Our first guest Mark Bryan, a visual satirical genius:
“Raised in the middle class suburbs of Los Angeles County during the 1950s and 60s, Bryan was immersed in the popular culture of that time and place. Low budget Sci-Fi and horror movies, Super hero comic books, Mad Magazine, surrealist art and later the psychedelic work of Zap Comix artists such as Robert Crumb and Robert Williams were all part of the esthetic and psychological mix surrounding him. These influences combined with significant political events (which included The Red Scare, Civil Rights Movement and the Vietnam War) shaped and promoted an early political awareness and continues to affect the style and content of his work”
2nd segment guests will be Carol Hoover and Dune Lankard (in Alaska), Executive Directors of the Eyak Preservation Council
Where Wild Salmon Rule
to honor their dedication resulting in these heartening victories:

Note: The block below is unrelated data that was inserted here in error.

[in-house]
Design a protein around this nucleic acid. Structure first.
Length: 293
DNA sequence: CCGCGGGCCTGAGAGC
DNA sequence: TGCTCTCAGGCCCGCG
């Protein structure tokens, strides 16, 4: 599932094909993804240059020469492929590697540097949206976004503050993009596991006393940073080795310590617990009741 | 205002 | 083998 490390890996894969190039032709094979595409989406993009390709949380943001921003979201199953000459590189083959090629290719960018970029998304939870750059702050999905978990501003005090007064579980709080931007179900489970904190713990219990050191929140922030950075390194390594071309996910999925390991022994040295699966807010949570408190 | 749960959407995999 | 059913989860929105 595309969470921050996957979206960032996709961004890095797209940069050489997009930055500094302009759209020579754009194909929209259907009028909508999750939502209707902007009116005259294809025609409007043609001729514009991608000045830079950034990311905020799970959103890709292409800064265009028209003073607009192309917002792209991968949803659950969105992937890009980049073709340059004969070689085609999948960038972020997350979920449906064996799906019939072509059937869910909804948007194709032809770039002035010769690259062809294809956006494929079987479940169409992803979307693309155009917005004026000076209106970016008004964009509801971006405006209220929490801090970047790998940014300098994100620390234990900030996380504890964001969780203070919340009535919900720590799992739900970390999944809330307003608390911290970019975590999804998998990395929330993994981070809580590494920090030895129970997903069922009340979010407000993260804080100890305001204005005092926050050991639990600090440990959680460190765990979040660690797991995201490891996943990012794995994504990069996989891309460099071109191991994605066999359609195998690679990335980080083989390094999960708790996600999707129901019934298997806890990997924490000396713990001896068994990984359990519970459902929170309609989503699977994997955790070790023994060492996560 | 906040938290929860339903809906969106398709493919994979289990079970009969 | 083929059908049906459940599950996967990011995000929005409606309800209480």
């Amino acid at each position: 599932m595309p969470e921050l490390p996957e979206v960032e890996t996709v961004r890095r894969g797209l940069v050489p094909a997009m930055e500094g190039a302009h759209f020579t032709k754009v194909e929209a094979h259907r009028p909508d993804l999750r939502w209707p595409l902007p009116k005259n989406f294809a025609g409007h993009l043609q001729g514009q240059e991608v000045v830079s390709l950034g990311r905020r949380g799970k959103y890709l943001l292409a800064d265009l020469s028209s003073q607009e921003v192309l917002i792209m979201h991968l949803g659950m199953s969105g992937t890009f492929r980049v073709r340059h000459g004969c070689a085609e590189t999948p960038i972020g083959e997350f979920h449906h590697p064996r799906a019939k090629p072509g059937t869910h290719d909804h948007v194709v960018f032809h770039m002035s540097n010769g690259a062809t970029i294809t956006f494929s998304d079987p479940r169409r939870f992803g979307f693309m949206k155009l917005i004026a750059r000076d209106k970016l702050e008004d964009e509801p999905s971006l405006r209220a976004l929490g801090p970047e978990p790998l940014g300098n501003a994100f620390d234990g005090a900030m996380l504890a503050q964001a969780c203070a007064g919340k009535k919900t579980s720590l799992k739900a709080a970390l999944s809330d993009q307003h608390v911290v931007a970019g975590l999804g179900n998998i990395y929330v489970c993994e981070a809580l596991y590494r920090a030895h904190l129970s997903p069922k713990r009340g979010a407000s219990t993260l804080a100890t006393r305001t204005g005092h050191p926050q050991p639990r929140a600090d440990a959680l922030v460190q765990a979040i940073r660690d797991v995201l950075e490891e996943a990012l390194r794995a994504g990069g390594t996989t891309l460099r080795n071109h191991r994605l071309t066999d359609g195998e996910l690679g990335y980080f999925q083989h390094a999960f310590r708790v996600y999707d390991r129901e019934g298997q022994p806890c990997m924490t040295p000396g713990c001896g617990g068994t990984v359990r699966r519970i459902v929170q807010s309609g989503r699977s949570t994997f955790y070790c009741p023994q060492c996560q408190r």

“An entire watershed is valued as priceless and now is forever protected from unwarranted development, keeping fossil fuels in the ground, eliminating carbon emissions in a region where we can still drink from our rivers, have clean air to breathe, and where we still have some of the tallest coastal glacier capped mountains in the world.”
“This is a precedent-setting carbon conservation accomplishment that is monumental for numerous reasons,” said Dune Lankard, one of the founders of the Native Conservancy Land Trust and the founder of the Eyak Preservation Council. “Preserving the Bering River and Carbon Mountain watersheds not only addresses climate change in a real way, but also protects the ancestral homelands of the Chugach shareholders and maintains our vibrant subsistence and commercial fishing way of life,” Lankard said in an interview with The Cordova Times on Jan. 24.
“I am proud of Chugach Alaska Corp. for doing their part as Alaska Native Claim Settlement Act stewards in protecting the Copper River Delta. What a lot of people don’t realize is that the Chugach National Forest is still 98 percent roadless, and wild. The EPC and many, many Cordova residents, and fishermen, have worked tirelessly to keep it this way,” Lankard said.